Tags: WHO: | Cardiovascular | Disease | Developing | Countries

WHO: Cardiovascular Disease Up in Developing Countries

Sunday, 04 September 2005 12:00 AM

The federation says simple and cost-effective preventative measures can reduce death and disability from heart attacks and stroke by 50 percent. But, it says, these measures are not being taken because governments focus most of their attention on infectious diseases.

The federation says the United Nations' Millennium Development Goals, which aims to cut poverty in half by 2015, focus mainly on diseases, such as HIV-AIDS, tuberculosis and malaria.

Ms. Voute says tackling infectious diseases is important, but chronic diseases must be addressed as well. "They must include heart disease, stroke and other chronic diseases, such as diabetes, chronic lung disease and some cancers. They must be more inclusive of the diseases that the populations of these countries actually face. So, what we want to prevent from happening is an oversimplification. And what we call on Heads of State and the U.N. [to do] is to include the World Heart Federation and all its member organizations in this consultative process. We want to contribute. We want to help," she said.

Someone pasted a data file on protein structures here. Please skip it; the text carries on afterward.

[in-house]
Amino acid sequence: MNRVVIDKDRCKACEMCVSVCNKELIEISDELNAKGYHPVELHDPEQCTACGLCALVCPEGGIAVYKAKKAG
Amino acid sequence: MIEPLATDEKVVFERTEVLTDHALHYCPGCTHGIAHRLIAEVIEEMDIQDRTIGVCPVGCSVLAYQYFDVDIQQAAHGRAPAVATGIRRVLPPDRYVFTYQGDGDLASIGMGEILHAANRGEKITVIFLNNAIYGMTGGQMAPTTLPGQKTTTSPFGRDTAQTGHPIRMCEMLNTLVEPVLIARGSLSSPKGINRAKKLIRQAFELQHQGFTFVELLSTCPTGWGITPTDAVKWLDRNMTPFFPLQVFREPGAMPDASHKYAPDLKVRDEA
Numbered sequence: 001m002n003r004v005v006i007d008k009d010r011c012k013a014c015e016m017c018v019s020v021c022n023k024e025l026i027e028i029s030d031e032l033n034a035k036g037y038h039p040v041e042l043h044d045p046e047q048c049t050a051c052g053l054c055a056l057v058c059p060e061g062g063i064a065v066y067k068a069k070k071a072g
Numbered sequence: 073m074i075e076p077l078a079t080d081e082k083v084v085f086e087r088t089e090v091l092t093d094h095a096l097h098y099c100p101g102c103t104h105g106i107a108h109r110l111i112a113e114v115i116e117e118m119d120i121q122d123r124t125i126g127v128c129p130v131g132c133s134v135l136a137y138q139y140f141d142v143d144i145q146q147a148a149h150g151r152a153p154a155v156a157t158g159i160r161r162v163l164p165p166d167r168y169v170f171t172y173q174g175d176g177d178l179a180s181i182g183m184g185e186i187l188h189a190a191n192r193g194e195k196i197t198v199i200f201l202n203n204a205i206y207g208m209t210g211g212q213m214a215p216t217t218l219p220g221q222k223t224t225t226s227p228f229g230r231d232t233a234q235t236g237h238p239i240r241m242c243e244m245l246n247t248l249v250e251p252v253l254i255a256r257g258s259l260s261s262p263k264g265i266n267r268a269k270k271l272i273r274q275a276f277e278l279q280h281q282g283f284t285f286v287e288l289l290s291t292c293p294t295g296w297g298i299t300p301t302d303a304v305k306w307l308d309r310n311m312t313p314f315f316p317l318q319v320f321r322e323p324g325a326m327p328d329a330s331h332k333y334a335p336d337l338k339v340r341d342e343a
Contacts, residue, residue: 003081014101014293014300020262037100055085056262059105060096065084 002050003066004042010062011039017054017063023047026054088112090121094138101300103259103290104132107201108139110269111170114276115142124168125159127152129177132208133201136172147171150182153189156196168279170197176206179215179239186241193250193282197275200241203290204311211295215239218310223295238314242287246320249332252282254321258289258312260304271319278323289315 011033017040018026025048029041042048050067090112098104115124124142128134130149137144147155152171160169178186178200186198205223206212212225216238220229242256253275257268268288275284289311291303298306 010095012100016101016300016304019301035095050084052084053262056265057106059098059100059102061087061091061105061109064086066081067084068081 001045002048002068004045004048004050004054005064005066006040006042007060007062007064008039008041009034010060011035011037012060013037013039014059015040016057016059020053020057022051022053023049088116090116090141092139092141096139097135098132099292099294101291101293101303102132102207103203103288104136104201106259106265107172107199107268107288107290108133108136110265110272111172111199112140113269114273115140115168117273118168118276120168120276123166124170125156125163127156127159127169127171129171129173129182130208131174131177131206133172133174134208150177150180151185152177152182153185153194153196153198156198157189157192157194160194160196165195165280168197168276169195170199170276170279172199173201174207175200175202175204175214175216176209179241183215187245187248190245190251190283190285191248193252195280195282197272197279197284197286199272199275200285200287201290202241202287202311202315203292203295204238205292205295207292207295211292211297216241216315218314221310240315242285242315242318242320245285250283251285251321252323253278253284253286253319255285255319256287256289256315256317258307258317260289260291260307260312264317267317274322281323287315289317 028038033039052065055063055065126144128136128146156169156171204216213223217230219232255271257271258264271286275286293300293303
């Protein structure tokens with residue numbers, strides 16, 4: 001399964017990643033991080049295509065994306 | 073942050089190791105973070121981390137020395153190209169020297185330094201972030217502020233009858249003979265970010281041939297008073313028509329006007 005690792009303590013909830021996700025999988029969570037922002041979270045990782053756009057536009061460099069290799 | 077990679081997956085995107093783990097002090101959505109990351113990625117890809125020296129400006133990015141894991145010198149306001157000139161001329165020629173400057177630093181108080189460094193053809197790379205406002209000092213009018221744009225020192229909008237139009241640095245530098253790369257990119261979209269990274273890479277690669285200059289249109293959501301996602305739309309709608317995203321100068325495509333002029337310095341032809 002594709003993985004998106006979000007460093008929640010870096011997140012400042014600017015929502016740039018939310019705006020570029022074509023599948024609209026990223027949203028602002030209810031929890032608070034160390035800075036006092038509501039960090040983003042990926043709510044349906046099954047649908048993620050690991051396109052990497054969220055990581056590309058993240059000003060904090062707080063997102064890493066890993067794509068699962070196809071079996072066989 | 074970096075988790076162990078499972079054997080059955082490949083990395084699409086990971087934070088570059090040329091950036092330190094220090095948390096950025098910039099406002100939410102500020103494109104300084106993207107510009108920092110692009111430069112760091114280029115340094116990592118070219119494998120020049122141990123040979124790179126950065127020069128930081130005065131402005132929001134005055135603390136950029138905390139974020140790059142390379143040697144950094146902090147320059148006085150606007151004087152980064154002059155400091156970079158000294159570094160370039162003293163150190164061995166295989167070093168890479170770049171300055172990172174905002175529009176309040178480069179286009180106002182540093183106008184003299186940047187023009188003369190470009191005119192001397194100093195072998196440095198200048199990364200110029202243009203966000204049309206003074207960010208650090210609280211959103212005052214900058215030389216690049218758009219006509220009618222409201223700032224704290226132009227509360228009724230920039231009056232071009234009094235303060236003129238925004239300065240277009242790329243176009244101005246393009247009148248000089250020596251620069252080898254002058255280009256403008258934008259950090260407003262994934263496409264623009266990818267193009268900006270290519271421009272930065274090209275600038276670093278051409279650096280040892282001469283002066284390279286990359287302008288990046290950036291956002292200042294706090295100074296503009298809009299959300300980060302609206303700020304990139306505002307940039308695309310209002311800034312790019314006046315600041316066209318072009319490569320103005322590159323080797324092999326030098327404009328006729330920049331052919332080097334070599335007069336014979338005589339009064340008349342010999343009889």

The World Heart Federation blames the rise of cardiovascular disease in developing countries on urbanization. As people move into the cities, it says, they tend to eat less healthfully, engage in less physical activity and smoke more. As a consequence, it says, people get the diseases associated with these unhealthy life-styles.

The Federation says world leaders must recognize that good health is critical to reducing poverty, if they want the Millennium Development Goals to succeed.

(VOA News)

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The federation says simple and cost-effective preventative measures can reduce death and disability from heart attacks and stroke by 50 percent. But, it says, these measures are not being taken because governments focus most of their attention on infectious diseases. The...
WHO:,Cardiovascular,Disease,Developing,Countries
247
2005-00-04
Sunday, 04 September 2005 12:00 AM
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